VoICE Immunization Evidence: Economic growth and productivity

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Economic growth and productivity

This section addresses the relationship between vaccine-preventable diseases or immunization and population-level productivity and economic growth. Productivity is a measure of the output realized by a working individual or population as a whole. It is the most important determinant of the standard of living of a group of people or of a nation. Better health means people are better able to contribute through working output (productivity) and results in rising income levels and increased development status of populations. Since healthy children have better physical and mental development than sick children, health status has a direct impact on Cognition and Educational attainment. The amount of education received in turn affects an individual’s productive and economic potential.
4 Key Ideas, 7 Sources
Key Idea

In the mid-1980s, the Indian government examined the effect of their universal immunization program on child mortality and educational attainment. Results indicate that exposure to the program reduced infant mortality by 0.4 percentage points and under five child mortality by 0.5 percentage points. These effects on mortality account for approximately one-fifth of the decline in infant and under five child mortality rates between 1985-1990. The effects are more pronounced in rural areas, for poor people, and for members of historically disadvantaged groups.

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In a study of immunization in the Philippines, children vaccinated against 6 diseases performed significantly better on verbal reasoning, math and language tests than those who were unvaccinated. (note: Researchers did not find an association with physical growth.)

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Key Idea

A study of a cholera outbreak in Peru in 1991-92 estimates that the national economy conservatively suffered more than $50million in economic losses due to reduced tourism revenue, reduced revenue on export of goods and lower domestic consumption as a result of the outbreak of cholera.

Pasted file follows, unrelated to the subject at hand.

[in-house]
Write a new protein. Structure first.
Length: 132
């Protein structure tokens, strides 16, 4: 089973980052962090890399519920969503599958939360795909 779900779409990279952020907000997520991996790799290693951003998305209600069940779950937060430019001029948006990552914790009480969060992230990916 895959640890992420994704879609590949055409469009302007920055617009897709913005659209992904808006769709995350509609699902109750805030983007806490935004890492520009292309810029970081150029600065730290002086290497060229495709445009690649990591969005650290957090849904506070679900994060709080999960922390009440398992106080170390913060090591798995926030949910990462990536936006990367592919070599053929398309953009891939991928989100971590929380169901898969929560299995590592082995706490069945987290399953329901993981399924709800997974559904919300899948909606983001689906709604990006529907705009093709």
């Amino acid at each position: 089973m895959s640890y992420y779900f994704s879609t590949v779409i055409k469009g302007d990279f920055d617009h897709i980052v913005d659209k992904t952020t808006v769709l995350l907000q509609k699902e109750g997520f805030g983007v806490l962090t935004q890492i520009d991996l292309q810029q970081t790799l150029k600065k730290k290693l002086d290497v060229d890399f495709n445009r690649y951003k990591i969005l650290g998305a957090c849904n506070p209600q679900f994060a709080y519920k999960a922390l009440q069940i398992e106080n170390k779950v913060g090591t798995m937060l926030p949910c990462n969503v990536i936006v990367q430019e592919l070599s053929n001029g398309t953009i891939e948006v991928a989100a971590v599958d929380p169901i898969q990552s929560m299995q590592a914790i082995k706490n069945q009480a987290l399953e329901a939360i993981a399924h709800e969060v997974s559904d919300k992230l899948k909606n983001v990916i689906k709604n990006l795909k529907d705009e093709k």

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Key Idea

A study of the economic burden of cholera in Africa found that 110,837 cases of cholera reported in 2007 resulted in an economic loss of US$43.3 million, US$60 million and US$72.7 million, assuming life expectancies of 40, 53 and 73 years respectively. (More results available for 2005 & 2006).

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Researchers modeled the costs, using the UK’s 2004 economy, of potential pandemic flu in the UK. Costs of illness alone ranged between 0.5% and 1.0% of gross domestic product (£8.4bn to £16.8bn) for low fatality scenarios, 3.3% and 4.3% (£55.5bn to £72.3bn) for high fatality scenarios, and larger still for an extreme pandemic. Vaccination with a pre-pandemic vaccine could save 0.13% to 2.3% of gross domestic product (£2.2bn to £38.6bn); a single dose of a matched vaccine could save 0.3% to 4.3% (£5.0bn to £72.3bn); and two doses of a matched vaccine could limit the overall economic impact to about 1% of gross domestic product for all disease scenarios.

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Key Idea

For every 6 children vaccinated with measles vaccine in a poor, largely rural community in South Africa, one additional grade of schooling was achieved.

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In 1996, a follow-up study was conducted on a 1974 randomized trial of tetanus and cholera vaccine administered to mothers. At the time of follow up in 1996, there was a clear pattern of increased educational attainment among children whose mothers received tetanus vaccine during pregnancy. This pattern was significant for the group of children born to vaccinated mothers with very low levels of education.

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A woman carrying vaccines

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The VoICE tool allows you to search for research studies and published evidence based on a topic, location, and disease or vaccine.

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